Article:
Josh Perkins Parents: 5 Fast Facts You Need to Know

Getty ANAHEIM, CALIFORNIA - MARCH 28: Josh Perkins #13 and Corey Kispert #24 of the Gonzaga Bulldogs celebrate a play against the Florida State Seminoles during the 2019 NCAA Men's Basketball Tournament West Regional at Honda Center on March 28, 2019 in Anaheim, California. (Photo by Harry How/Getty Images)

Josh Perkins is the straw that stirs the drink for the Gonzaga offense, which ranks first nationally in efficiency per Ken Pomeroy. The 6-foot-3, 190-pounder is a fifth-year senior for the Zags, who are vying for a second trip to the Final Four Saturday in the West Regional final versus Texas Tech (6:09 p.m. EST, CBS).

He averages over 10 points and 6 assists per game, facilitating the elite frontcourt duo of Brandon Clarke and Rui Hachimura. He scored an efficient 14 points (on 10 shots) and dished out 5 dimes to top Florida State in the Sweet 16 (a rematch from last year’s regional semifinal).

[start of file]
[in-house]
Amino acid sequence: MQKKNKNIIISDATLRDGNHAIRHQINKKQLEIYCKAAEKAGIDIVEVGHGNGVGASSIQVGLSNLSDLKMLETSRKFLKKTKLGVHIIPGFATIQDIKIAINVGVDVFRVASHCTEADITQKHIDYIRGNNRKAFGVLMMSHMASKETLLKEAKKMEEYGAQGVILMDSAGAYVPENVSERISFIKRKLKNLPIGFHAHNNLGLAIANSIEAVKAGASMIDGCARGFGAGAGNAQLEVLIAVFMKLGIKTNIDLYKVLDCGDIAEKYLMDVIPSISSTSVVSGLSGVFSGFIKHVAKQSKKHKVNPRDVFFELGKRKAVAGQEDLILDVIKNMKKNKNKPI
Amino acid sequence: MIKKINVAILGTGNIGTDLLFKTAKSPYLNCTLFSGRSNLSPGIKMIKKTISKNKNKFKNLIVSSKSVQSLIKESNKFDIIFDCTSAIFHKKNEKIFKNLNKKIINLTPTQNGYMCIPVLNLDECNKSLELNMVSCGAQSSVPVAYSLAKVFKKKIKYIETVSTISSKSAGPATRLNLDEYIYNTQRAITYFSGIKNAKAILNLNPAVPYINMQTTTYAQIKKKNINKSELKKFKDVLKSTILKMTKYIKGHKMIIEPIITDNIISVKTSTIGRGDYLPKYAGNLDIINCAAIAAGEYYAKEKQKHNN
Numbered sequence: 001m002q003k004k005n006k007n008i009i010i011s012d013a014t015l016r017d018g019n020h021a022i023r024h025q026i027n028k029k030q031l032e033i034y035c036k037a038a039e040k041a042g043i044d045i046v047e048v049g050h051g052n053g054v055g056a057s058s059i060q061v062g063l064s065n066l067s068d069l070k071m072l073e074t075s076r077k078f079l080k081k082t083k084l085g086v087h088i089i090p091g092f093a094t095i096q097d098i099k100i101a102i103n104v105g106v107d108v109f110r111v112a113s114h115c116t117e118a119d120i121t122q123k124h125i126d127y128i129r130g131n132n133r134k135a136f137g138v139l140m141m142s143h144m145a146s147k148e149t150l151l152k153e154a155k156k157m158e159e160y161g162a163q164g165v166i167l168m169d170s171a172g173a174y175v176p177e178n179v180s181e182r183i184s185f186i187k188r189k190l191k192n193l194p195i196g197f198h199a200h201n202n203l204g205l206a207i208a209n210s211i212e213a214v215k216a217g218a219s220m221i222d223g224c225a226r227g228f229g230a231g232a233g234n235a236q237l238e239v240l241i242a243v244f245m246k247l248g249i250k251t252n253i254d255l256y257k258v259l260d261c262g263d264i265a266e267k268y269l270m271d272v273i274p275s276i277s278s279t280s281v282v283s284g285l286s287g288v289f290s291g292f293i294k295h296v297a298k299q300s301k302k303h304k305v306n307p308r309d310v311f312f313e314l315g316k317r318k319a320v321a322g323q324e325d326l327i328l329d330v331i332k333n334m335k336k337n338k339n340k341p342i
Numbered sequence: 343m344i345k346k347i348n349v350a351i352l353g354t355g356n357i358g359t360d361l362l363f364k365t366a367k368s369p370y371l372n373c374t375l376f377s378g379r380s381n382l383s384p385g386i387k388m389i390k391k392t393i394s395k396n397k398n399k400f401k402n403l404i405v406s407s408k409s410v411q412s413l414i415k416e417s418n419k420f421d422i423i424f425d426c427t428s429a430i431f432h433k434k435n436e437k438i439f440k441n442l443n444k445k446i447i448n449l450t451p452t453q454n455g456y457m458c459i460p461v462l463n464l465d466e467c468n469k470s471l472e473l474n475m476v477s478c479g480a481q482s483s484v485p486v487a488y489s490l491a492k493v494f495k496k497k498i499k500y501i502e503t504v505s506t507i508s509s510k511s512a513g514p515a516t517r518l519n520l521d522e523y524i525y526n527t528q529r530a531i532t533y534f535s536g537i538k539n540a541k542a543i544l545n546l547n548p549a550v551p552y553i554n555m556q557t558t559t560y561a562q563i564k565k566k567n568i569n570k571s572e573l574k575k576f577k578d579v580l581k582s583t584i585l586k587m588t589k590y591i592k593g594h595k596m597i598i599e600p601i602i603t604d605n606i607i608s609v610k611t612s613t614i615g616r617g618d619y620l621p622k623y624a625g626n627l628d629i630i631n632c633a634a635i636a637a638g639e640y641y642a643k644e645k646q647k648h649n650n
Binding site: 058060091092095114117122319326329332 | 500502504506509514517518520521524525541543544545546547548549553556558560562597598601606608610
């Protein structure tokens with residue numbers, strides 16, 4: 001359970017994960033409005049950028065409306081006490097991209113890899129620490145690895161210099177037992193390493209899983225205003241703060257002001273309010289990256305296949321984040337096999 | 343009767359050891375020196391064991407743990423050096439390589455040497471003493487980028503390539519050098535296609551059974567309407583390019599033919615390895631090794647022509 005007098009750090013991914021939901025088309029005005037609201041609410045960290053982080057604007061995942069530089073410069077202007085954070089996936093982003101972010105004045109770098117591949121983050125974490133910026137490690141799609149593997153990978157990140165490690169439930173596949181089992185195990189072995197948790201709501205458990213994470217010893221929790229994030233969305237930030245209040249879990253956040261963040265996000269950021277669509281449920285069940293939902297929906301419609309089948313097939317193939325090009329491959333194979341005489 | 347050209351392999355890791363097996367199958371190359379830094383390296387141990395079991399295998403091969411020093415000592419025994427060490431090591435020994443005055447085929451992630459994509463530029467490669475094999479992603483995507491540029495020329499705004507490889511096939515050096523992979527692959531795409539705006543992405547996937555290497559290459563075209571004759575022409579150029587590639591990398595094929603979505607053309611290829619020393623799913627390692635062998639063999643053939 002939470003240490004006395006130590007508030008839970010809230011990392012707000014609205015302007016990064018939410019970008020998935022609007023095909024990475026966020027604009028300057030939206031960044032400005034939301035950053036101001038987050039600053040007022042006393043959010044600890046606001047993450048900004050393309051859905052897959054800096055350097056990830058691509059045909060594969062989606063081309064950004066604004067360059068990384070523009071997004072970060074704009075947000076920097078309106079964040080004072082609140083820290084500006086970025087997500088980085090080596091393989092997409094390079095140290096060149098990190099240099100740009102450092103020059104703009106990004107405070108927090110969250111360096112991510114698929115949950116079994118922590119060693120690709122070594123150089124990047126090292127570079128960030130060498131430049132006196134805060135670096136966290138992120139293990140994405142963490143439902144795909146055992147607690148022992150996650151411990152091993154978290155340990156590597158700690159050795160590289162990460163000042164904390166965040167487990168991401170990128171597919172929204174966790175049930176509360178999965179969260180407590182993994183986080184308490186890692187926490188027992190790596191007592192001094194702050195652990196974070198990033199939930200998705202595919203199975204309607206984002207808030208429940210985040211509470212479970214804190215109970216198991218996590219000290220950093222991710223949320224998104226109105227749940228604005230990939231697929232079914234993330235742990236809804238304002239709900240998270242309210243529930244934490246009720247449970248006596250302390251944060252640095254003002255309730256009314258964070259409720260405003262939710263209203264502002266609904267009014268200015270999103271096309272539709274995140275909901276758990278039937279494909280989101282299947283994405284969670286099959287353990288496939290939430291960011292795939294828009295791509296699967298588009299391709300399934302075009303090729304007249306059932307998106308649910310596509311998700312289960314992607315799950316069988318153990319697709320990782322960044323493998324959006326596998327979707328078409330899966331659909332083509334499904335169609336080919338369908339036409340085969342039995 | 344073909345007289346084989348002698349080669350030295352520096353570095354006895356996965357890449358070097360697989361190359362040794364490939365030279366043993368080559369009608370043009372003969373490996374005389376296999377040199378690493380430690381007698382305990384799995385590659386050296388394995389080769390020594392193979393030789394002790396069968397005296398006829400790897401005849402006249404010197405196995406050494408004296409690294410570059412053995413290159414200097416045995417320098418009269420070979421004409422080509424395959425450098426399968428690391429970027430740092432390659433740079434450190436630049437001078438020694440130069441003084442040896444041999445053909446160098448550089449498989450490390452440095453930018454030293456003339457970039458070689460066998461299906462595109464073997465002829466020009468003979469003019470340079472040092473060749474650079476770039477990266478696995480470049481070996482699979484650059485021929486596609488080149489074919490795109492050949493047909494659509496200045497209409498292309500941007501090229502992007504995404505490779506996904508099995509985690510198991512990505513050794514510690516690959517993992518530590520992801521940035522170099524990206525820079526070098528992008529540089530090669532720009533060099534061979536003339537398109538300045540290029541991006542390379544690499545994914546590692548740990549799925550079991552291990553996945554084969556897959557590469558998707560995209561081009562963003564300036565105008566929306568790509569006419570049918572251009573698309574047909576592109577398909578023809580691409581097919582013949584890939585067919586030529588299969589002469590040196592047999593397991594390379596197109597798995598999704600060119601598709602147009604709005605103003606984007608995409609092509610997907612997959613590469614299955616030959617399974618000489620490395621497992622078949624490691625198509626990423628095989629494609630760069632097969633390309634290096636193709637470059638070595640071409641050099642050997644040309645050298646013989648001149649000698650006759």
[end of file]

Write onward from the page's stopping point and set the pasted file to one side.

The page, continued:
Inevitably during the CBS broadcast, the camera will point to Josh’s father Randy, who holds an extraordinarily close bond with his son. Here’s what you need to know.

1. Randy Played Basketball at 4 Different Colleges Before Josh was Born

Josh was born August 25, 1995 in Denver to Randy and Tonia Wilson. As Dana O’Neill of The Athletic writes, Tonia was “battling issues that Randy would rather not go into.”

Before Wilson became pregnant with Josh, Randy was a journeyman college basketball player. Per O’Neill:

Could he play? Oh yes, yes he could, and he would show the world. Only the world didn’t exactly bend to his wishes. His hoops dream died an agonizingly long death, stretched out through a collection of schools, bad fits and worse breaks. His first stop, Bishop College, closed its doors amid financial malfeasance before he even enrolled. Bad ankles cost him an opportunity at Northern Colorado and sent him to Eastville Community College outside Dallas. He tried to make a go of it at North Texas, but the injuries did him in there as well.